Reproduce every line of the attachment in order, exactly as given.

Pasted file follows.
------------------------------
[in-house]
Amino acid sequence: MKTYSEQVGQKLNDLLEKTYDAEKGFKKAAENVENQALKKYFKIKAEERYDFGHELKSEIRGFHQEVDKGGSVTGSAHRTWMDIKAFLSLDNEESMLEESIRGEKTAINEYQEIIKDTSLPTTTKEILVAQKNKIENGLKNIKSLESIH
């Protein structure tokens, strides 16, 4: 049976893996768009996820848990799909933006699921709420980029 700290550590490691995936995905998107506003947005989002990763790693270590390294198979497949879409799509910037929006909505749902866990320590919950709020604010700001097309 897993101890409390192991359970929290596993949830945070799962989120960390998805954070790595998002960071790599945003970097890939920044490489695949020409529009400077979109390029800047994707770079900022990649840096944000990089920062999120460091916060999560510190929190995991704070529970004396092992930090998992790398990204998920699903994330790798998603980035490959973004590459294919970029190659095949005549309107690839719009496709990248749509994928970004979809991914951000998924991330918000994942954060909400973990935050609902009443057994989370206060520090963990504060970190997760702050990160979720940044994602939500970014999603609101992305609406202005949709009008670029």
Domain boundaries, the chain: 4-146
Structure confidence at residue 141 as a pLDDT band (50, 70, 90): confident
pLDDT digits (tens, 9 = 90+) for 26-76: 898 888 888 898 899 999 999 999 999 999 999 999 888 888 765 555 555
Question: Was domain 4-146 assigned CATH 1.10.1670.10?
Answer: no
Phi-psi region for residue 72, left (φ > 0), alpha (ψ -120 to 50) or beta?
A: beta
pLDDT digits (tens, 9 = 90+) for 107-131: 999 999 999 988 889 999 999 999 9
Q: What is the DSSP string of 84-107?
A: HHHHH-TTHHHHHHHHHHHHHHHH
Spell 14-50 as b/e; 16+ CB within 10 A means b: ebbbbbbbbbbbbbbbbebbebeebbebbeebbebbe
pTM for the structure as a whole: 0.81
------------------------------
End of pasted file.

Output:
[in-house]
Amino acid sequence: MKTYSEQVGQKLNDLLEKTYDAEKGFKKAAENVENQALKKYFKIKAEERYDFGHELKSEIRGFHQEVDKGGSVTGSAHRTWMDIKAFLSLDNEESMLEESIRGEKTAINEYQEIIKDTSLPTTTKEILVAQKNKIENGLKNIKSLESIH
């Protein structure tokens, strides 16, 4: 049976893996768009996820848990799909933006699921709420980029 700290550590490691995936995905998107506003947005989002990763790693270590390294198979497949879409799509910037929006909505749902866990320590919950709020604010700001097309 897993101890409390192991359970929290596993949830945070799962989120960390998805954070790595998002960071790599945003970097890939920044490489695949020409529009400077979109390029800047994707770079900022990649840096944000990089920062999120460091916060999560510190929190995991704070529970004396092992930090998992790398990204998920699903994330790798998603980035490959973004590459294919970029190659095949005549309107690839719009496709990248749509994928970004979809991914951000998924991330918000994942954060909400973990935050609902009443057994989370206060520090963990504060970190997760702050990160979720940044994602939500970014999603609101992305609406202005949709009008670029």
Domain boundaries, the chain: 4-146
Structure confidence at residue 141 as a pLDDT band (50, 70, 90): confident
pLDDT digits (tens, 9 = 90+) for 26-76: 898 888 888 898 899 999 999 999 999 999 999 999 888 888 765 555 555
Question: Was domain 4-146 assigned CATH 1.10.1670.10?
Answer: no
Phi-psi region for residue 72, left (φ > 0), alpha (ψ -120 to 50) or beta?
A: beta
pLDDT digits (tens, 9 = 90+) for 107-131: 999 999 999 988 889 999 999 999 9
Q: What is the DSSP string of 84-107?
A: HHHHH-TTHHHHHHHHHHHHHHHH
Spell 14-50 as b/e; 16+ CB within 10 A means b: ebbbbbbbbbbbbbbbbebbebeebbebbeebbebbe
pTM for the structure as a whole: 0.81